Tandem high-dose therapy with autologous stem cell transplanthas shown improved event-free and overall survival in nonrandomizedstudies,[11-13] and three randomized trials comparing single to tandemtransplants are awaiting final analyses. Even with tandem transplant, a plateauon survival curves has not been achieved. Although approximately 50% of patientswho undergo high-dose therapy are alive at 5 years, the relapse rate continuesto increase over time.
In contrast to these studies, a retrospective SpanishRegistry study in 77 patients with mutliple myeloma (who were deemedtransplant-eligible but who received conventional chemotherapy) demonstrated a5-year median survival rate similar to that seen in the above trials. Thus,patient selection may play an important role in response and survival withdifferent treatment options.
As suggested above, there does not appear to be a plateau indisease-free survival after high-dose therapy with autologous hematopoietic stemcell transplant, indicating that cures even with tandem autologoustransplantation are unlikely. This may be due to either infusion of stem cellgrafts contaminated with myeloma cells or the inability to eradicate minimalresidual disease. In an attempt to avoid tumor cell contamination in autografts,three different groups have studied the use of highly purified CD34+ cells(positive selection) to support single or tandem high-dose therapy. However,these trials have failed to demonstrate a significant improvement inprogression-free or overall survival.[15,16,16a]
Allogeneic transplantation offers two advantages: the absenceof tumor-contaminating grafts and the benefit of a graft-vs-myelomaeffect.[16,17] However, allogeneic transplant is an option for a small minorityof patients (5%-10%) who have human leukocyte antigen (HLA)-compatible donorsand are under age 60.
The largest experience in allogeneic transplant data wasreported by the European Group for Blood and Marrow Transplantation (EBMT). Theyinitially reported on 266 patients with a 51% complete response, an overalltreatment mortality rate of approximately 40%, and actuarial survival rates of30% at 4 years and 20% at 10 years. An update of the EBMT database in over 600patients showed complete remission rates of 15% (by stringent criteria) with atransplant-related mortality of 20% (1994-1998 data). The relapse rate afterthe first 2 years was small, but late relapses continue to occur.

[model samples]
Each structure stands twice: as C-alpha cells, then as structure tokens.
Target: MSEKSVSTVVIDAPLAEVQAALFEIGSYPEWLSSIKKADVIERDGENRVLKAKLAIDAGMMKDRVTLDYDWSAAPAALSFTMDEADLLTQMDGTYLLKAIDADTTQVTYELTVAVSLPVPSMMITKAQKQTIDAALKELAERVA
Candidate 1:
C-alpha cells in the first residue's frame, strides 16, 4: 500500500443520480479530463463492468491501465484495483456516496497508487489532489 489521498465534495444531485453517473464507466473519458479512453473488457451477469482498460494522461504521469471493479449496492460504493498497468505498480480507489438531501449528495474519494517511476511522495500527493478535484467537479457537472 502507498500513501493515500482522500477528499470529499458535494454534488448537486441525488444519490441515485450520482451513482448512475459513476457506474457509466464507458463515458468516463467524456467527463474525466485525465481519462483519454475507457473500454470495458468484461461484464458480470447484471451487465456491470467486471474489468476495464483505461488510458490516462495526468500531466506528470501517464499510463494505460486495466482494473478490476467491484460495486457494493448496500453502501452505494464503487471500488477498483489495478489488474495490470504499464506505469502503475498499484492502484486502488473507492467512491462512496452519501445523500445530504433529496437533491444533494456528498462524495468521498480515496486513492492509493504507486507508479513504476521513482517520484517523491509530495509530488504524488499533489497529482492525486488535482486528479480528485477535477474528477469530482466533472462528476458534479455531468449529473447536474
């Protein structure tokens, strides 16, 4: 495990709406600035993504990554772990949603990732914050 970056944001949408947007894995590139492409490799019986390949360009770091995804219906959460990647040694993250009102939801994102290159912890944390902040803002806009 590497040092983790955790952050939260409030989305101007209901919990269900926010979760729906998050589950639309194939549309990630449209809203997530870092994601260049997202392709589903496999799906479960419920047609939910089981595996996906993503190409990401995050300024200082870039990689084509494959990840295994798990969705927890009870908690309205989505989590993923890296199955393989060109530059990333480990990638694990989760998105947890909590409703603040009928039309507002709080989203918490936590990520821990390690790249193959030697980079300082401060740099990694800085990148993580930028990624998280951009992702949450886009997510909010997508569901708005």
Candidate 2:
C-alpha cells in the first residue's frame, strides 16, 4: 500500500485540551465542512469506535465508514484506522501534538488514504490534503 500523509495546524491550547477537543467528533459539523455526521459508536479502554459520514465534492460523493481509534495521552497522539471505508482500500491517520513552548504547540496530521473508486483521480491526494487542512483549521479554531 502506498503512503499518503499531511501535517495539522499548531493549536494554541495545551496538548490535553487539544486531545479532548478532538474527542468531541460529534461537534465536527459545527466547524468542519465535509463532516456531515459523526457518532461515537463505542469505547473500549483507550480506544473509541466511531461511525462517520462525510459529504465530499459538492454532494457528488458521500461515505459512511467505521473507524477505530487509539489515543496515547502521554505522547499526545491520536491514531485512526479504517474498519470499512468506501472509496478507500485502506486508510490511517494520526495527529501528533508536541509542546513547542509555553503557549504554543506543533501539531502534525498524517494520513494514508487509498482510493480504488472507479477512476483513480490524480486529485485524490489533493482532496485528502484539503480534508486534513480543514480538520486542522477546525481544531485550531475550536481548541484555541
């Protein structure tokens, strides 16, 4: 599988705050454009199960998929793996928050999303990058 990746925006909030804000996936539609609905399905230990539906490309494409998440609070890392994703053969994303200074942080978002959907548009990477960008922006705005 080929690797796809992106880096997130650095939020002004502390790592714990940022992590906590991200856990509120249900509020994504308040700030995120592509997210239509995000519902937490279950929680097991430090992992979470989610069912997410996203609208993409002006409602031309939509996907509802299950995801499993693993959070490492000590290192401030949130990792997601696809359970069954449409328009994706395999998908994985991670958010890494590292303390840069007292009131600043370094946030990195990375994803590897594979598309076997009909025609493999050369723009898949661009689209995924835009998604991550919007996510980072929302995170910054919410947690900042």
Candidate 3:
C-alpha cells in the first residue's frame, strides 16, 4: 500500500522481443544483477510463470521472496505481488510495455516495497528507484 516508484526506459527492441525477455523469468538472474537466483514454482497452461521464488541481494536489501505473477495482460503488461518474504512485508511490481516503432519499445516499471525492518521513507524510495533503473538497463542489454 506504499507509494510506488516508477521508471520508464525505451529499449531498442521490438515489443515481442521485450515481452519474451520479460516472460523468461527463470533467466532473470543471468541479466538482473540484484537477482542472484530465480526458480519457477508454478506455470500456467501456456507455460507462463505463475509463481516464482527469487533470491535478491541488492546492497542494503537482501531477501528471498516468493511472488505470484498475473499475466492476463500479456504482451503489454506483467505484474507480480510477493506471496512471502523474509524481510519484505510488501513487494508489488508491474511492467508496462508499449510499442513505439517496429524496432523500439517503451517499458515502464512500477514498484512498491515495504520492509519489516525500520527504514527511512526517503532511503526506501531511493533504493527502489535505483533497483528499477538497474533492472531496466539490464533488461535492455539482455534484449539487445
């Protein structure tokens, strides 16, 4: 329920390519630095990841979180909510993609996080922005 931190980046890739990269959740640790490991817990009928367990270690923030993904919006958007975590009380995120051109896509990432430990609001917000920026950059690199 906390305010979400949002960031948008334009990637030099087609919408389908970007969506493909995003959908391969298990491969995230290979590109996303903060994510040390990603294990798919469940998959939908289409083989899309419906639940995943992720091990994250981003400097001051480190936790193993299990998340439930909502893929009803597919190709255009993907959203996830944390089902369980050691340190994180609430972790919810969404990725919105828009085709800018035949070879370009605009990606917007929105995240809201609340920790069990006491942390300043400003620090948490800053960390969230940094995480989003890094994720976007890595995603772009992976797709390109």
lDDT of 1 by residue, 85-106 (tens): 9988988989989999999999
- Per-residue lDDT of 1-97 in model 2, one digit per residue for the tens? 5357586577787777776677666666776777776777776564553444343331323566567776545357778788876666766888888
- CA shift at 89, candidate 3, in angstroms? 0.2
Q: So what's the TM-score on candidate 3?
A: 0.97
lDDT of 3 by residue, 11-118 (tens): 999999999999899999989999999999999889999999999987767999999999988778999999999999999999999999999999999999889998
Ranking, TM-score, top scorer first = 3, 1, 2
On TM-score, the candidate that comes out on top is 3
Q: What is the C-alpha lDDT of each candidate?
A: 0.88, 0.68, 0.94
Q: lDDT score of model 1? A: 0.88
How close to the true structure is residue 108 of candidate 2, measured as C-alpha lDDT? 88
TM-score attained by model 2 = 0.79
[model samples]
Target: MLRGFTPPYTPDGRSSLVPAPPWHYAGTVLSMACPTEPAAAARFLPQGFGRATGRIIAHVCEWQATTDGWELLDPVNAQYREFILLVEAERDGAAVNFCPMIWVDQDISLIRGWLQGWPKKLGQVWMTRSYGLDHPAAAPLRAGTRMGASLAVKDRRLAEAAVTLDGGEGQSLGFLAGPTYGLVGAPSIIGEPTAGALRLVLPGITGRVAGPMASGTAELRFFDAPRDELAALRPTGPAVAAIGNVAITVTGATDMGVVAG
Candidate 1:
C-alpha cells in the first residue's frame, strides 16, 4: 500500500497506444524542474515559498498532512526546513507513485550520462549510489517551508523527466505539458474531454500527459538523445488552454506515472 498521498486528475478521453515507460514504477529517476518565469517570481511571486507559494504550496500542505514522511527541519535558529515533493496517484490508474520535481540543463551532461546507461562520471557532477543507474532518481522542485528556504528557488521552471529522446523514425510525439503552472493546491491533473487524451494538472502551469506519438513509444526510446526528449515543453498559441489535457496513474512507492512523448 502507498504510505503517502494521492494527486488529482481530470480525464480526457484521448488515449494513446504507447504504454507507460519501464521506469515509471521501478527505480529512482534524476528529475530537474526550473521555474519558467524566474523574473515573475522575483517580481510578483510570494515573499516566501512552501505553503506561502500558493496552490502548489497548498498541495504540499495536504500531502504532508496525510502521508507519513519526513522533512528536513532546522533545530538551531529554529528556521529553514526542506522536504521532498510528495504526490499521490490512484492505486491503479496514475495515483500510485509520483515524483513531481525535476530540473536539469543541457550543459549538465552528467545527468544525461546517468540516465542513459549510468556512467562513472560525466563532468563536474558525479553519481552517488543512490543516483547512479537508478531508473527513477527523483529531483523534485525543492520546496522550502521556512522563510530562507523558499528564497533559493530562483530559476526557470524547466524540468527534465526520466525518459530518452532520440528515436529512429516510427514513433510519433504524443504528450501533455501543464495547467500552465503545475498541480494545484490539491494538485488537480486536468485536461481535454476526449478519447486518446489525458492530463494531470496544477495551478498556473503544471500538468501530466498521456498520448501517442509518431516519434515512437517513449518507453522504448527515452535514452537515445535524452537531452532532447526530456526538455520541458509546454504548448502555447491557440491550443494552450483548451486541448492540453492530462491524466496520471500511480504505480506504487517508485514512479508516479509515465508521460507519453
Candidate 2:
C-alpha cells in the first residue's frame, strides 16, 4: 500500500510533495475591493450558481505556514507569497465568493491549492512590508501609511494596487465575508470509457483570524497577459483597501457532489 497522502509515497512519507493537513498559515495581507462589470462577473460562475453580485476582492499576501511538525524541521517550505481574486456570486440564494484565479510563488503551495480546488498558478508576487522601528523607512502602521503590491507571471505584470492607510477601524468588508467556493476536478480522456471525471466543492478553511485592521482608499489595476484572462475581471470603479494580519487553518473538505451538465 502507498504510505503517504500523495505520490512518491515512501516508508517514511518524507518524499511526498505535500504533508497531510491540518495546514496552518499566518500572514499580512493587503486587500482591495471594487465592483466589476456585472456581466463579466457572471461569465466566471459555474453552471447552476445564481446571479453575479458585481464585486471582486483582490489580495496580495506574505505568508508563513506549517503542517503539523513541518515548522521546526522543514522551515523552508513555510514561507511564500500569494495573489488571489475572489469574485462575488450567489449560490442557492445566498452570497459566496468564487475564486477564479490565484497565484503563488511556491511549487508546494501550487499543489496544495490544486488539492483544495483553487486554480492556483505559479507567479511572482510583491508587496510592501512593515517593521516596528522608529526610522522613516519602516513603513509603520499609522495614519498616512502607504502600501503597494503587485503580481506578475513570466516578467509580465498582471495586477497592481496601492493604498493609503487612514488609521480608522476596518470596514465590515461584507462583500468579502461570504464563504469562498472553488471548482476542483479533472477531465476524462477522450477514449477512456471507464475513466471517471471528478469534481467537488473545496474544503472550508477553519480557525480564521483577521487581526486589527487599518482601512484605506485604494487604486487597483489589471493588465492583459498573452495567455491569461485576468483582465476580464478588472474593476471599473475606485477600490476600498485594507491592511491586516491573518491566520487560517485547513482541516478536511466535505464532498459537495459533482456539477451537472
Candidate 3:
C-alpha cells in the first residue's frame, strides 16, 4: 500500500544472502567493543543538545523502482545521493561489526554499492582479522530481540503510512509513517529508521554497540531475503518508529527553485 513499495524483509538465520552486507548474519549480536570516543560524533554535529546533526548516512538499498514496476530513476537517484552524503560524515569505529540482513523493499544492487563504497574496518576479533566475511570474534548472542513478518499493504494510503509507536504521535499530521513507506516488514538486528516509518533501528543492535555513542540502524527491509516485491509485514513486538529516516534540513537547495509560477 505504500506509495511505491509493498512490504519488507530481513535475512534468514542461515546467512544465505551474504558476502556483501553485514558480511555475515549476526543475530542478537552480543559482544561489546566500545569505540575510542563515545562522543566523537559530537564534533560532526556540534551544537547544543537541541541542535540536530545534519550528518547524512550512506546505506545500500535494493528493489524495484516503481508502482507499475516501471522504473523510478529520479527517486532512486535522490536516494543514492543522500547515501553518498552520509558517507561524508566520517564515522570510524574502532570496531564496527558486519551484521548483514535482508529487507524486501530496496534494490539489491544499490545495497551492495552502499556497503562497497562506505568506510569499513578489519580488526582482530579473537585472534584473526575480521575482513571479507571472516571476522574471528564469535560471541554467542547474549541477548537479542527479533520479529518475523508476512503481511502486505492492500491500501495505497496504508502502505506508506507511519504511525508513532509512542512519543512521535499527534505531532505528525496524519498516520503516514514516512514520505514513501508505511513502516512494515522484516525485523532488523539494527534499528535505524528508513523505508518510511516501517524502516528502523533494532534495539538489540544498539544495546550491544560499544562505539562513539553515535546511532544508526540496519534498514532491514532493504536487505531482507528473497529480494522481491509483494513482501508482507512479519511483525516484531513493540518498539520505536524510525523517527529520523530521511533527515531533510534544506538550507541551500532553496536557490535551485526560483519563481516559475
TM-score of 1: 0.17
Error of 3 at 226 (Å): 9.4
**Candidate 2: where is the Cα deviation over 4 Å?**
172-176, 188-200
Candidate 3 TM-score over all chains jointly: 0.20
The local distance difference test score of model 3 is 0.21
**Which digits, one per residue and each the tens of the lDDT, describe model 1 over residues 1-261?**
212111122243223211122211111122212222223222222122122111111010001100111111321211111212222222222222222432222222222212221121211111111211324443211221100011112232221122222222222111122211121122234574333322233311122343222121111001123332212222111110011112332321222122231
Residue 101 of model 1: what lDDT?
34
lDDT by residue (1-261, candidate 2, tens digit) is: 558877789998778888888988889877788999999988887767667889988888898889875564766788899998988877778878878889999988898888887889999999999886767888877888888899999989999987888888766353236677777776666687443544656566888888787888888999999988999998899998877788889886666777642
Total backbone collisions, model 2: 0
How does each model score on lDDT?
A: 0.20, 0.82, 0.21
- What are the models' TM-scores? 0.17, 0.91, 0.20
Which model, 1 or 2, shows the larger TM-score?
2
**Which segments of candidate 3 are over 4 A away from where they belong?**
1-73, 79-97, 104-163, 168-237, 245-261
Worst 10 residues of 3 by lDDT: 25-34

The largest single-institution studies have been reported bygroups in Seattle (Bensinger et al) and Arkansas (Mehta et al). Bensinger et alreported the results of a trial in which 106 patients underwent allogeneictransplant. Approximately 70% of these patients had chemotherapy-resistantdisease, and the majority were very heavily pretreated. The investigatorsobserved a 50% treatment-related mortality within the first 100 days and a 57%overall treatment-related mortality at 1 year. At a median follow-up of 4 years,23% were alive, but only 16% were progression-free.
These results are similar to findings reported by theArkansas group in patients with similar characteristics. Table 1 showsresults of single-institution trials with allogeneic transplants in mutliplemyeloma.[18-23] Again, late relapses have been observed.
Alternative donor transplants have equally poor outcomes asthose of HLA-identical sibling transplants. Ballen et al reported the NationalMarrow Donor Program experience in 71 myeloma patients undergoing unrelateddonor transplant. They reported a 40% transplant-related mortality. Therelapse rate was 35% at 3 years, and only 17% were alive at 5 yearsposttransplant. Similarly poor results have been reported utilizing alternativedonors by the Seattle group.
One of the debates surrounding the outcome of allogeneictransplants concerns the fact that they have routinely been performed in heavilypretreated patients, often after autologous transplant. This argument is notsupported by the North American Intergroup trial (S9321), which allowedallogeneic transplantation in patients under 55 who had HLA-identical siblingdonors. Patients underwent allogeneic transplant following four cycles of VADand high-dose cyclophosphamide (4.5 g/m²).This arm of the study was prematurely closed when the transplant-relatedmortality reached 41% in the first 36 patients (R. Kyle, personalcommunication).
Case-matched comparative studies between allogeneic andautologous transplantation have been reported: All have shown superior outcomeswith autologous transplant, given a higher transplant-related mortalityassociated with allogeneic transplant.[24-27] Of interest, Gahrton et alcompared the outcomes of syngeneic (n = 25), allogeneic (n = 125), andautologous (n = 125) transplantation in the EBMT database. The overall4-year survival from transplant with syngeneic transplantation was 77%, withautotransplantation, 46%, and with allotransplantation, 31%.